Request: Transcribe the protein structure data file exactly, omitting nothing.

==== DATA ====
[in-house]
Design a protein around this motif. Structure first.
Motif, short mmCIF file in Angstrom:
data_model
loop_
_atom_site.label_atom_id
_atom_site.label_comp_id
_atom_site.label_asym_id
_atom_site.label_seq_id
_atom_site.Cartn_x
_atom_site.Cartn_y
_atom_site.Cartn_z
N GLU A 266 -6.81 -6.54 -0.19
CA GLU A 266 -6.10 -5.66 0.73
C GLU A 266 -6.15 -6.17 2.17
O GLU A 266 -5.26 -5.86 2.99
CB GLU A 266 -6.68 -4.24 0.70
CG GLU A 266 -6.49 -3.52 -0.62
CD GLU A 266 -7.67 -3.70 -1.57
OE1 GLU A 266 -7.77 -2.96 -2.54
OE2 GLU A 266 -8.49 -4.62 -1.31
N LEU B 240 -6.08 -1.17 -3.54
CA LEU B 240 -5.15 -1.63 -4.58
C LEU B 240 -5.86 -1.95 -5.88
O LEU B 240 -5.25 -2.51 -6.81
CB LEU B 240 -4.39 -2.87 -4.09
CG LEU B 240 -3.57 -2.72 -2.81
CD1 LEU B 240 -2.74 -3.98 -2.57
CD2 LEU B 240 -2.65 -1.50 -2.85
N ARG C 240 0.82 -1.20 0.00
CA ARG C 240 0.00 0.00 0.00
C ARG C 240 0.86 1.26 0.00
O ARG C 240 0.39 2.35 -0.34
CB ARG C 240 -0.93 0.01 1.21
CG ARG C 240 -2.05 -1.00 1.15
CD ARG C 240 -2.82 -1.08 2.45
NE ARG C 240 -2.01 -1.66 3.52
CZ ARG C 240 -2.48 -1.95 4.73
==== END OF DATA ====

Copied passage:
[in-house]
Design a protein around this motif. Structure first.
Motif, short mmCIF file in Angstrom:
data_model
loop_
_atom_site.label_atom_id
_atom_site.label_comp_id
_atom_site.label_asym_id
_atom_site.label_seq_id
_atom_site.Cartn_x
_atom_site.Cartn_y
_atom_site.Cartn_z
N GLU A 266 -6.81 -6.54 -0.19
CA GLU A 266 -6.10 -5.66 0.73
C GLU A 266 -6.15 -6.17 2.17
O GLU A 266 -5.26 -5.86 2.99
CB GLU A 266 -6.68 -4.24 0.70
CG GLU A 266 -6.49 -3.52 -0.62
CD GLU A 266 -7.67 -3.70 -1.57
OE1 GLU A 266 -7.77 -2.96 -2.54
OE2 GLU A 266 -8.49 -4.62 -1.31
N LEU B 240 -6.08 -1.17 -3.54
CA LEU B 240 -5.15 -1.63 -4.58
C LEU B 240 -5.86 -1.95 -5.88
O LEU B 240 -5.25 -2.51 -6.81
CB LEU B 240 -4.39 -2.87 -4.09
CG LEU B 240 -3.57 -2.72 -2.81
CD1 LEU B 240 -2.74 -3.98 -2.57
CD2 LEU B 240 -2.65 -1.50 -2.85
N ARG C 240 0.82 -1.20 0.00
CA ARG C 240 0.00 0.00 0.00
C ARG C 240 0.86 1.26 0.00
O ARG C 240 0.39 2.35 -0.34
CB ARG C 240 -0.93 0.01 1.21
CG ARG C 240 -2.05 -1.00 1.15
CD ARG C 240 -2.82 -1.08 2.45
NE ARG C 240 -2.01 -1.66 3.52
CZ ARG C 240 -2.48 -1.95 4.73